Microsoft – SQL Server – Database Snapshots ( in VLDB)

Feb 15th, 2012

Let us go back to over three years ago.

Here is a post I started, but never published.

Preface

Is it just me or is it true that “SQL Server” Snapshot’s applicability does not hold up in VLDB Environments.

It is probable that it is not “SQL Server”, but the MS Windows OS, at least as of MS Windows 2008/R2.

Imagine this scenario, you have have a database that is a bit big; shall we say a few hundreds GB, close to a TB, or in the TBs.

And, you are doing your thing – inserting, updating, and deleting data.

If I am reading this web docs correctly, once the changes in any of the data files, reaches 16 GB, we are toast!

We will start seeing Error 665.

Blogs Referenced:

  1. SQL Server reports operating system error 1450 or 1452 or 665 (retries)
    http://blogs.msdn.com/b/psssql/archive/2008/07/10/sql-server-reports-operating-system-error-1450-or-1452-or-665-retries.aspx
  2. SQL Server Snapshot File Size
    http://claysql.blogspot.com/2009/07/sql-server-snapshot-sparse-file-size.html
  3. View the Size of a Sparse File of a Database Snapshot
    http://msdn.microsoft.com/en-us/library/ms175823.aspx
  4. Sparse File
    http://en.wikipedia.org/wiki/Sparse_file

Please let me know your thoughts….

 

June 14th, 2015

I checked my email upon waking up and a nice engineer had replied a question I posted at  SQL Server Central:

The operating system returned error 665(The requested operation could not be completed due to a file system limitation) to SQL Server during a write at offset…
http://www.sqlservercentral.com/Forums/Topic1252840-391-1.aspx#bm1694417

DBCC CHECKDB uses internal database snapshots which are created at the same location of the corresponding database data file and grow as data is changed in the original data file. If transactional activity continues on this database, these snapshots created by DBCC commands may experience huge internal fragmentation. Keeping details of such high level of fragmentation requires more resources than the default size “Bytes Per FileRecord Segment” which is 1 KB.

Suggestions for Remedy <in order of effort required>.

  • Suggest the users to use a combination of other DBCC CHECK jobs and avoid DBCC CHECKDB
  • Avoid running DBCC CHECKDB at a time when other / major data modifications are taking place.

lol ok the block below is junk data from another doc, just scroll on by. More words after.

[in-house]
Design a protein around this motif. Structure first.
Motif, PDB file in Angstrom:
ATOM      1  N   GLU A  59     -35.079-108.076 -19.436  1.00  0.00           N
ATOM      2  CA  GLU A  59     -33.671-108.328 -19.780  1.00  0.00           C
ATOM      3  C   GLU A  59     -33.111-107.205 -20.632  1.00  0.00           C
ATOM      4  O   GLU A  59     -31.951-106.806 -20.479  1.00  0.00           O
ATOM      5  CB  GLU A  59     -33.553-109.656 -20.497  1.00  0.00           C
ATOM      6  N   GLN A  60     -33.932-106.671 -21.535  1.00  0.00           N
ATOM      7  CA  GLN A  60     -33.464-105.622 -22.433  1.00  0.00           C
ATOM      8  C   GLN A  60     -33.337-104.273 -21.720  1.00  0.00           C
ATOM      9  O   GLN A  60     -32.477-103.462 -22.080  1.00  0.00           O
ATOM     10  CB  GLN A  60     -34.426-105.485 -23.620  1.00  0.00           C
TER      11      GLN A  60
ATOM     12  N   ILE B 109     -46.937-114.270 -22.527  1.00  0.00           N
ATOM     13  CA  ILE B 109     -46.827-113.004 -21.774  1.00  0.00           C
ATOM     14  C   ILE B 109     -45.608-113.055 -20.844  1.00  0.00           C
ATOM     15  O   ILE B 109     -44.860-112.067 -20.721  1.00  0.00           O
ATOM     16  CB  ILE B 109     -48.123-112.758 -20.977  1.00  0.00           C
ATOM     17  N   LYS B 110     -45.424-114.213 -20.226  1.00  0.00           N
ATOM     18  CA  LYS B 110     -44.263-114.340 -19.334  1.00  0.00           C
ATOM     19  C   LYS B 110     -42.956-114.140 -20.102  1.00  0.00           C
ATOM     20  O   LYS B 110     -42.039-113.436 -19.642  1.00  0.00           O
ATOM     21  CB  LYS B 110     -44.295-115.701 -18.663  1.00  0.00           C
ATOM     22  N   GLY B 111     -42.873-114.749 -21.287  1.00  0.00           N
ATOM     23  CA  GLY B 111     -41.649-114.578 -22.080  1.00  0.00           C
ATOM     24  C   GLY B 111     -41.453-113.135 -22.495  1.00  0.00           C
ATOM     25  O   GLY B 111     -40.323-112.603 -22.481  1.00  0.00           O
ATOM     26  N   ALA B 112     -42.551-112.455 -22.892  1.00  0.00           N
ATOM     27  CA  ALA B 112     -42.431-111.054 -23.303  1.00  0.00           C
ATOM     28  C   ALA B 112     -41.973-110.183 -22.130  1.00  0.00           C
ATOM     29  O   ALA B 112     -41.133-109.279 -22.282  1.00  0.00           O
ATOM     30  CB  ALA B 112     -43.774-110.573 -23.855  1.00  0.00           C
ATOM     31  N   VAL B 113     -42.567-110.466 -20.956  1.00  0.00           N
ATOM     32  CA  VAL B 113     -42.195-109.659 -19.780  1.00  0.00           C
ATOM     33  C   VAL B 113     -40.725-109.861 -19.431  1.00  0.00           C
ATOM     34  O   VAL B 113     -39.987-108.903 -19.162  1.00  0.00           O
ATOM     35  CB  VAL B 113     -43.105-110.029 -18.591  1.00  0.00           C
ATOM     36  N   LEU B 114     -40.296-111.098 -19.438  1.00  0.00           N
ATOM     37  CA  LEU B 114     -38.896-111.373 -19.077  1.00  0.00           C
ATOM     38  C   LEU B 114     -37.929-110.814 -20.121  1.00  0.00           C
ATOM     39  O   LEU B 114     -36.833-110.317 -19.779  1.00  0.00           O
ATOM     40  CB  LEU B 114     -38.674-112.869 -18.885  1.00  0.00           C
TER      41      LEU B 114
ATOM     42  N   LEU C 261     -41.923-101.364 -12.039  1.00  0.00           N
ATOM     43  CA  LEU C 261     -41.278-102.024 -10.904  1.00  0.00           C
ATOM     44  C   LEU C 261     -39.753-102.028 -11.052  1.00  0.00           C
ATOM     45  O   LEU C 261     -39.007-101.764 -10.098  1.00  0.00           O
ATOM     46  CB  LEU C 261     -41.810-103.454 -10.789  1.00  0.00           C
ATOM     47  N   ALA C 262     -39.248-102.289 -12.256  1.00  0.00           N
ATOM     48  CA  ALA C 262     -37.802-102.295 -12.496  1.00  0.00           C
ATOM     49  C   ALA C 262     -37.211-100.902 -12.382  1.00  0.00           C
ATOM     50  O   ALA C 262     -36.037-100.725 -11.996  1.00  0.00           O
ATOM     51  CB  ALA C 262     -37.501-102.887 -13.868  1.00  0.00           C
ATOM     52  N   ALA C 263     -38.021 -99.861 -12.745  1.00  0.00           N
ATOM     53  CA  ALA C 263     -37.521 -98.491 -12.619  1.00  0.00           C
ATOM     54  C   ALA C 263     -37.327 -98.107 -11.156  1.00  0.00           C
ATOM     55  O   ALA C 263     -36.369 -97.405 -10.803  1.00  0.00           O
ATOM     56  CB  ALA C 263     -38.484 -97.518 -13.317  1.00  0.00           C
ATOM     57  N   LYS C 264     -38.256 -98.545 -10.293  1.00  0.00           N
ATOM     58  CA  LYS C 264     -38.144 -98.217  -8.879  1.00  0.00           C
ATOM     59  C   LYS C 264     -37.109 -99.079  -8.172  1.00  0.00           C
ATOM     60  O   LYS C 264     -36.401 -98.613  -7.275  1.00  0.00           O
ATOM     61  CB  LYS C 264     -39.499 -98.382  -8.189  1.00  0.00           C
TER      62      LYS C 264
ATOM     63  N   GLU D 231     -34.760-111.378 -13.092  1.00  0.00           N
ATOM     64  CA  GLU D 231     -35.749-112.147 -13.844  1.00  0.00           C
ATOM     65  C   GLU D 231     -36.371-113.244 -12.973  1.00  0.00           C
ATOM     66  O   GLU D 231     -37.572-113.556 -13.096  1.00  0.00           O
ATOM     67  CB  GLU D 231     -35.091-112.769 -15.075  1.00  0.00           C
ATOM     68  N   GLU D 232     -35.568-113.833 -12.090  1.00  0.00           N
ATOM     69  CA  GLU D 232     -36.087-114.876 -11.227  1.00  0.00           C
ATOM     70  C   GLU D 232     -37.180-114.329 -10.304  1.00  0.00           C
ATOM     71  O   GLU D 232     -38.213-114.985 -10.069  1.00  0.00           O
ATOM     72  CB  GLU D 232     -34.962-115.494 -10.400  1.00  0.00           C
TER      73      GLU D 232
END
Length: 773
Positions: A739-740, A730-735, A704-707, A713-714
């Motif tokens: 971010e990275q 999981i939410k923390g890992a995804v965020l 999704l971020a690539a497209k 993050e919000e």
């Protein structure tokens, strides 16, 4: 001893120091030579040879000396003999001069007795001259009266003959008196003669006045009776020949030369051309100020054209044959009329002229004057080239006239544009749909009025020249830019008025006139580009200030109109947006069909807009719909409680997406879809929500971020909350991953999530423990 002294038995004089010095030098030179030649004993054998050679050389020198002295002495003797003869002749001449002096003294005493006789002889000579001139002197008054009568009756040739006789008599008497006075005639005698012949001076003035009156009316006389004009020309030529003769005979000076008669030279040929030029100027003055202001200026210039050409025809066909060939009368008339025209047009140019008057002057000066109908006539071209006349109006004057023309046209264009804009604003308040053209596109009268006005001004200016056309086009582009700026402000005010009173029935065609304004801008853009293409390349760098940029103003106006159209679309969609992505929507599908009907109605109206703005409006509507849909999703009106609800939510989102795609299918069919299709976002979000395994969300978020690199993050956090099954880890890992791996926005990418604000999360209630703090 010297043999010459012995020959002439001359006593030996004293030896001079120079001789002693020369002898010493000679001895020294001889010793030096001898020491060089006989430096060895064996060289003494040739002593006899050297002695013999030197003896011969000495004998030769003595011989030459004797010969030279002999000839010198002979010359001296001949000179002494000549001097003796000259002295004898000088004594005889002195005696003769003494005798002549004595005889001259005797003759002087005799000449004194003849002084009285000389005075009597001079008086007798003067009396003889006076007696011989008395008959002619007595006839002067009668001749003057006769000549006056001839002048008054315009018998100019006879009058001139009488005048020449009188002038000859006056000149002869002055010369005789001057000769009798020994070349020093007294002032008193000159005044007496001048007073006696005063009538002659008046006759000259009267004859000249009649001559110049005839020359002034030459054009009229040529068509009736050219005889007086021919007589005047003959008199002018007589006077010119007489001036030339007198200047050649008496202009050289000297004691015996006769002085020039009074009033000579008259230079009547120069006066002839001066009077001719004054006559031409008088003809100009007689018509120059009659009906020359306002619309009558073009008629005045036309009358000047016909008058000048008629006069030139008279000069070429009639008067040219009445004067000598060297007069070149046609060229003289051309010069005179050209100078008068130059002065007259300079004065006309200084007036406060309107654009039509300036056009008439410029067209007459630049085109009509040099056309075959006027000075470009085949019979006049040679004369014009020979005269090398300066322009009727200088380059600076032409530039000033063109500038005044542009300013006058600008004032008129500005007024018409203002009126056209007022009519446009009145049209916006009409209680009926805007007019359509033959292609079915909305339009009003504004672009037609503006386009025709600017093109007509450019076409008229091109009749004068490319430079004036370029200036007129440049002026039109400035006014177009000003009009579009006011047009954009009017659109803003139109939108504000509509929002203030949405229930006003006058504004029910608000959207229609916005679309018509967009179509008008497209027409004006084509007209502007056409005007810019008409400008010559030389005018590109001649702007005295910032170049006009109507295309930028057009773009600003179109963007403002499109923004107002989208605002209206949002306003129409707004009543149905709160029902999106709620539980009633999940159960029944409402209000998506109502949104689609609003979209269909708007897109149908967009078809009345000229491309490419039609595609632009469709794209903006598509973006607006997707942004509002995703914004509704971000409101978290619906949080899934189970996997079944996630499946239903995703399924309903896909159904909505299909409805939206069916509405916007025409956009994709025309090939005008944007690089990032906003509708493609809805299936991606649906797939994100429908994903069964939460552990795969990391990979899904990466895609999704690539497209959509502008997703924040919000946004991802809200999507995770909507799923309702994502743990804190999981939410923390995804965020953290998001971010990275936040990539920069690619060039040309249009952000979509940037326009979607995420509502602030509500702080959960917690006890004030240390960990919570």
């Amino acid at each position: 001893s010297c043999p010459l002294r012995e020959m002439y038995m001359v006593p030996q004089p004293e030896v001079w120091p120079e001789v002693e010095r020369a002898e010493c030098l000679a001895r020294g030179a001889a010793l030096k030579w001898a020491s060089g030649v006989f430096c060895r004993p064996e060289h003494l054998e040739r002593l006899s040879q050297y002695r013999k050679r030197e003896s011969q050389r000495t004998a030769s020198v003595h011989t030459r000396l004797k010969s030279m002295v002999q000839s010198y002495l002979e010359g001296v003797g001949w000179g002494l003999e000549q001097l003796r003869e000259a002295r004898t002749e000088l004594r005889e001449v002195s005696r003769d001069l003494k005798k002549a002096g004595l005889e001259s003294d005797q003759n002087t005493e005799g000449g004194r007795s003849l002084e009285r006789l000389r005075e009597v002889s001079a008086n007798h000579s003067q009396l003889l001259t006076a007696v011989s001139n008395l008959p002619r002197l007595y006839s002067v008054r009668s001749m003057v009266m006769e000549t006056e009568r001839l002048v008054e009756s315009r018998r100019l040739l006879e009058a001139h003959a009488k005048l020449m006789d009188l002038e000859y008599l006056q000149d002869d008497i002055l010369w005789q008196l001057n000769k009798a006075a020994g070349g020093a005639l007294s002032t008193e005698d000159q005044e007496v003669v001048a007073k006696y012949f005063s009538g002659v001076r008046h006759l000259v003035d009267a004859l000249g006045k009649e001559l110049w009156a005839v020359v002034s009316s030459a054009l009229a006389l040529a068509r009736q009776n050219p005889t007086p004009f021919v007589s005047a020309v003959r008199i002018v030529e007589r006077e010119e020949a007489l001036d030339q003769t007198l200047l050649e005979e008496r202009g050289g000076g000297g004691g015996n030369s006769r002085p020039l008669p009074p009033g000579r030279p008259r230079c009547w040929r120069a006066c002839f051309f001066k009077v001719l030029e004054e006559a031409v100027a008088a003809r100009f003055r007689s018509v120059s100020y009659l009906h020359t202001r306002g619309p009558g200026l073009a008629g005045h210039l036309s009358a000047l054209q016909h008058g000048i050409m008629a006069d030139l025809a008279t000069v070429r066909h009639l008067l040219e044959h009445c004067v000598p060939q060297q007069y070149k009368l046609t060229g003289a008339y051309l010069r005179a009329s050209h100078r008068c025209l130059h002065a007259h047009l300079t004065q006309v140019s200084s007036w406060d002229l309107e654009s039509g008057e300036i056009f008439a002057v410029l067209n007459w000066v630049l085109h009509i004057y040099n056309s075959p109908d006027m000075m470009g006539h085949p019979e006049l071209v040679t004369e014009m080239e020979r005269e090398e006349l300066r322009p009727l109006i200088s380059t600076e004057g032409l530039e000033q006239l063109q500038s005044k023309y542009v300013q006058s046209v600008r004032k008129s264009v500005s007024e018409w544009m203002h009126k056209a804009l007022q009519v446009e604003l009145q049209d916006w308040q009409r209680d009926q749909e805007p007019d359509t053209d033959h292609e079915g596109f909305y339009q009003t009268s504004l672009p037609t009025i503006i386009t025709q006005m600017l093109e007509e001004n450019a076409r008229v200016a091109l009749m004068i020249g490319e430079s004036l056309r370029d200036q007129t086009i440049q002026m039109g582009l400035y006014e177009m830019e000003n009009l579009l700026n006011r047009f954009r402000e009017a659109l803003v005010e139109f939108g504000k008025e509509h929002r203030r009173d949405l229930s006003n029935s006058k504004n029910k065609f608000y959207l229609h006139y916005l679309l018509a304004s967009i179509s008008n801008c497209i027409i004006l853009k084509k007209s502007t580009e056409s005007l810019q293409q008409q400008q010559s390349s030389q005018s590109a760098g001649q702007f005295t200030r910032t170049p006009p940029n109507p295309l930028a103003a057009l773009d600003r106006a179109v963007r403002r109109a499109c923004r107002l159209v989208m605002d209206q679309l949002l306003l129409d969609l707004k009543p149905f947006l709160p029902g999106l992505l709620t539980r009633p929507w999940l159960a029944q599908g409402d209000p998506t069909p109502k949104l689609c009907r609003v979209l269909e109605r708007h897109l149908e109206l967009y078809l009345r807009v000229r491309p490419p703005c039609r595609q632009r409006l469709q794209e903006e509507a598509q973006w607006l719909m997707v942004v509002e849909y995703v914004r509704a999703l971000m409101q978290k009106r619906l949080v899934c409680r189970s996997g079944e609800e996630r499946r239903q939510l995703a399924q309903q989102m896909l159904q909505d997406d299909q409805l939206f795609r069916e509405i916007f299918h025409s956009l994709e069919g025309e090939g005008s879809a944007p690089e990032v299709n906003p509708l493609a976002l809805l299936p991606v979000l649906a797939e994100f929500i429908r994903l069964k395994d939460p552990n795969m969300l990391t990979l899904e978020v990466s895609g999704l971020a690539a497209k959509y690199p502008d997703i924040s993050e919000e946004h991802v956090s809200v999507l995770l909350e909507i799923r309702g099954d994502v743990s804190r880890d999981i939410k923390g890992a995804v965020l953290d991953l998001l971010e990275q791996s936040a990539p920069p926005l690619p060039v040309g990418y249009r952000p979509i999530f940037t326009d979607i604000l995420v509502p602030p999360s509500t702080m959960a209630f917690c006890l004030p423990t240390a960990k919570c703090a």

• Divide the database into a multiple files. The limitations are per sparse file and each database snapshot creates matching sparse files for each data file
  • Find out which tables/indexes result in the most write activity during the lifetime of the snapshot
  • Separate them out into a different file group with multiple files of comparatively smaller sizes.
  • Identify & revise the Index Fill Factor & PAD index values.
  • Use check table or as appropriate on those.
  • Format the disks with /L to increase the “Bytes Per FileRecord Segment” to 4 KB from 1 KB.

More details at :

 

Personal Testimony

As it has been over three years since the original problem was cited, the problem is very, very staid in my mind now.

In all honesty, we have replaced the original SQL Server and single box solution, with Hadoop and clusters.

And, as such, any thoughts and/or approach will purely be conceptual and will not see actual implementation.

As it will not be implemented, it will not be vetted.

 

What things can you try?

MS windows patches

Microsoft Windows 7, 2008, 2008R2

If you happen to be running MS Windows 2008 or 2008R2, as we were in 2013, I will suggest that you download and apply KB 967351.

Actual:

 

Microsoft Windows 8, 2012

Not Addressed

 

Microsoft Windows 8.1, Windows 2012 R2

Pre-requisites

Actual

 

Use “Bytes Per FileRecord Segment” > 1K

The default “Bytes per filerecord segment” is 1K.

Let us determine a logical disk’s current setting:

Syntax:


fsutil fsinfo ntfsinfo [logical-disk]

Sample:


fsutil fsinfo ntfsinfo C:

Output:

Here is what things look like on my laptop:

fsutilFsInfoNTFSInfo

 

 

Quick Explanation:

  • You want to pay attention to “Bytes per FileRecord Segment“.

To correct, you want to backup the data somewhere else, reformat the drive using the /L argument, and restore the data.

 

Normal Data Files

On normal data files, not Snapshot files, one can keep an eye on the following tracks:

More files is better